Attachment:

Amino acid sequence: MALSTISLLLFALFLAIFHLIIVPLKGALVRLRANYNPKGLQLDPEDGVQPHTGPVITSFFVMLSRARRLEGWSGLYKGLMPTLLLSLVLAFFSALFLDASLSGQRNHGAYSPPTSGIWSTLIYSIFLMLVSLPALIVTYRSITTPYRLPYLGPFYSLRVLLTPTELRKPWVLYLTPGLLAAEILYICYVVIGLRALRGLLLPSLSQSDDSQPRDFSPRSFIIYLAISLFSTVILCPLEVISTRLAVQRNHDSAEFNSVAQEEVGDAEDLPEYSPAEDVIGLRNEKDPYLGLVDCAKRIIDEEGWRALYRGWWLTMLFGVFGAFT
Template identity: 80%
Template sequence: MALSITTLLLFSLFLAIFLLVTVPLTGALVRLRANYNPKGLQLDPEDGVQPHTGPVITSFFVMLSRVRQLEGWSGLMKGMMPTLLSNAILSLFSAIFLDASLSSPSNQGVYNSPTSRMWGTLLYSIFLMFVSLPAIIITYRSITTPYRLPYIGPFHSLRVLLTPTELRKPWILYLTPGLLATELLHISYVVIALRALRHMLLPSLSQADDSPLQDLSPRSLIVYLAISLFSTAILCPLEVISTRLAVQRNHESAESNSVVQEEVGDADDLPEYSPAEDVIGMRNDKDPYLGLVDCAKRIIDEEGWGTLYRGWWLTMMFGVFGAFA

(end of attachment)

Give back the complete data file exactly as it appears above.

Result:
Amino acid sequence: MALSTISLLLFALFLAIFHLIIVPLKGALVRLRANYNPKGLQLDPEDGVQPHTGPVITSFFVMLSRARRLEGWSGLYKGLMPTLLLSLVLAFFSALFLDASLSGQRNHGAYSPPTSGIWSTLIYSIFLMLVSLPALIVTYRSITTPYRLPYLGPFYSLRVLLTPTELRKPWVLYLTPGLLAAEILYICYVVIGLRALRGLLLPSLSQSDDSQPRDFSPRSFIIYLAISLFSTVILCPLEVISTRLAVQRNHDSAEFNSVAQEEVGDAEDLPEYSPAEDVIGLRNEKDPYLGLVDCAKRIIDEEGWRALYRGWWLTMLFGVFGAFT
Template identity: 80%
Template sequence: MALSITTLLLFSLFLAIFLLVTVPLTGALVRLRANYNPKGLQLDPEDGVQPHTGPVITSFFVMLSRVRQLEGWSGLMKGMMPTLLSNAILSLFSAIFLDASLSSPSNQGVYNSPTSRMWGTLLYSIFLMFVSLPAIIITYRSITTPYRLPYIGPFHSLRVLLTPTELRKPWILYLTPGLLATELLHISYVVIALRALRHMLLPSLSQADDSPLQDLSPRSLIVYLAISLFSTAILCPLEVISTRLAVQRNHESAESNSVVQEEVGDADDLPEYSPAEDVIGMRNDKDPYLGLVDCAKRIIDEEGWGTLYRGWWLTMMFGVFGAFA